Signs of the Times
It happened two weekends ago.
Seemingly, if not literally, overnight, political yard signs sprung up like crocuses all over the town of Wakefield. Along main roads and side streets and especially on the coveted corner lots, each sign installation proclaimed a resident’s allegiance to a candidate or candidates in the April 24 Town Election.
Some people don’t like political lawn signs, and some communities place restrictions on their use. But lawn signs can be an easy, inexpensive and effective form of advertising. Plus, they stick out like a sore thumb, so what’s not to like?
There’s an old saw that says, “Signs don’t vote.” But are a large number of signs indicative of broad support for a candidate? It’s doubtful that a political lawn sign will change the mind of an educated voter. Political signs are cynically aimed at those who can’t be bothered following politics but still consider it their civic duty to cast an uninformed vote. If they see a candidate’s name plastered all over town, they might just conclude that if lots of people support him, he must be good.
Or, say I don’t know anything about the candidates but I see a sign on my neighbor’s lawn. That may influence my vote, depending on whether or not I like my neighbor.
But lawn signs only go so far. The local candidate who really wants to tell voters how totally super-awesome he is must go all 21st century and have a slick web site and a social media presence for his campaign. Lawn signs can be used to drive traffic to a candidate’s web site, Facebook and Twitter account, increasing their return on investment.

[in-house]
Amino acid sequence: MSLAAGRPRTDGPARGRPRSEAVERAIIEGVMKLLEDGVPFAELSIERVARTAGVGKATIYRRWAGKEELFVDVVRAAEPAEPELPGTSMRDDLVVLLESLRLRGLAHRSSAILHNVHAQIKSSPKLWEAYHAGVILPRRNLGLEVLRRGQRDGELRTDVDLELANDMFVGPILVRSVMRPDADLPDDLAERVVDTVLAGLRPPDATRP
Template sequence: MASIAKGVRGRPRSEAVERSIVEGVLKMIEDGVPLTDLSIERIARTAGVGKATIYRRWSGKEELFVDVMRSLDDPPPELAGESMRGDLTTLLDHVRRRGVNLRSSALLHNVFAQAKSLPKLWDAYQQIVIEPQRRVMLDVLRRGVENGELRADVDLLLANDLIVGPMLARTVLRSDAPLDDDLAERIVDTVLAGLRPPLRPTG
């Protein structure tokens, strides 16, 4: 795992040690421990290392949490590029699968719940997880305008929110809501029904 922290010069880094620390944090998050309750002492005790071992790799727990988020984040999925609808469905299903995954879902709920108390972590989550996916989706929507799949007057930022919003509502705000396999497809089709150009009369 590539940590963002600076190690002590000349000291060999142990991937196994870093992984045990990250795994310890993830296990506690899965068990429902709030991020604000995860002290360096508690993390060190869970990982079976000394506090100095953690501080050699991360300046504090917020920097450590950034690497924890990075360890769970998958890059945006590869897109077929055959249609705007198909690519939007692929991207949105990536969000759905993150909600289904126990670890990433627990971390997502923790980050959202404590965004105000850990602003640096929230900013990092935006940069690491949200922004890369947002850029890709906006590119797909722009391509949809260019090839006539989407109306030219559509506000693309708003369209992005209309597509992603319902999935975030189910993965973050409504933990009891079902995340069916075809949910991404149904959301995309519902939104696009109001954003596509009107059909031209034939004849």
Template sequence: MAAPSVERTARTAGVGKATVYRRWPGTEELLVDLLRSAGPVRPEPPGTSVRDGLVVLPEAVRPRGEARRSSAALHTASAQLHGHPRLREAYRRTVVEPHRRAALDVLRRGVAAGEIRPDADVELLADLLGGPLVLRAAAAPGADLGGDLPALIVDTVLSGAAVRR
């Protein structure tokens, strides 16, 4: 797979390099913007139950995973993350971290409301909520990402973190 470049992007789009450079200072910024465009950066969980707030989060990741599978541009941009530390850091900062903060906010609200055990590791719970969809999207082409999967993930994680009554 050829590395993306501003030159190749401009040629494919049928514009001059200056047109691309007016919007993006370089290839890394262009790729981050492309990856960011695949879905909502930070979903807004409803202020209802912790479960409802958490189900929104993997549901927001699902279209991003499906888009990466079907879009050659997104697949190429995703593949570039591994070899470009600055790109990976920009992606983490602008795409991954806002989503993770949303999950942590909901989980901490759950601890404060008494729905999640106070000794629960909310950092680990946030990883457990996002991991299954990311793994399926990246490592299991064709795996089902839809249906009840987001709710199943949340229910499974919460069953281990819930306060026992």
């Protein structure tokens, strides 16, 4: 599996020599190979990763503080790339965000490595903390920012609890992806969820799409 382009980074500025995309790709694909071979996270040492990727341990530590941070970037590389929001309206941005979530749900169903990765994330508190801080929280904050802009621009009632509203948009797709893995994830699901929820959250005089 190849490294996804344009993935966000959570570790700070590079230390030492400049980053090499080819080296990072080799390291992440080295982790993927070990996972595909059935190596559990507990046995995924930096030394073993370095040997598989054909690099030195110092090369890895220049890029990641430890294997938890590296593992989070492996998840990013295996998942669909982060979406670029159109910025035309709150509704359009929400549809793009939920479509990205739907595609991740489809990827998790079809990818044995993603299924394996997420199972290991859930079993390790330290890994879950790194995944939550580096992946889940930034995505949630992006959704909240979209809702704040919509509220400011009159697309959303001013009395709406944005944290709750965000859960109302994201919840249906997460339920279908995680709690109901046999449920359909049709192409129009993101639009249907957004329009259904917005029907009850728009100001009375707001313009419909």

For those who don’t like political lawn signs, I wish I could tell you that they’ll all be gone after April 24.
But if you think it’s all Galvin all the time now, wait until the Town Election is out of the way. The Town Meeting vote on the Galvin Middle School project takes place in May and if that passes the town-wide election on whether to increase your taxes to pay for a new Galvin is set for Saturday, June 9. So don’t be shocked when the candidates’ lawn signs are replaced by an equal or greater number of signs exhorting you to vote for a new Galvin Middle School because “Wakefield is Worth It.”
And after that there’s a little thing on the horizon called a Presidential Election, which also includes races for Senate and a Congress.
So however you feel about political lawn signs, you might as well get used to them. They aren’t going away for a while.
[This column originally appeared in the April 5, 2012 Wakefield Daily Item.]
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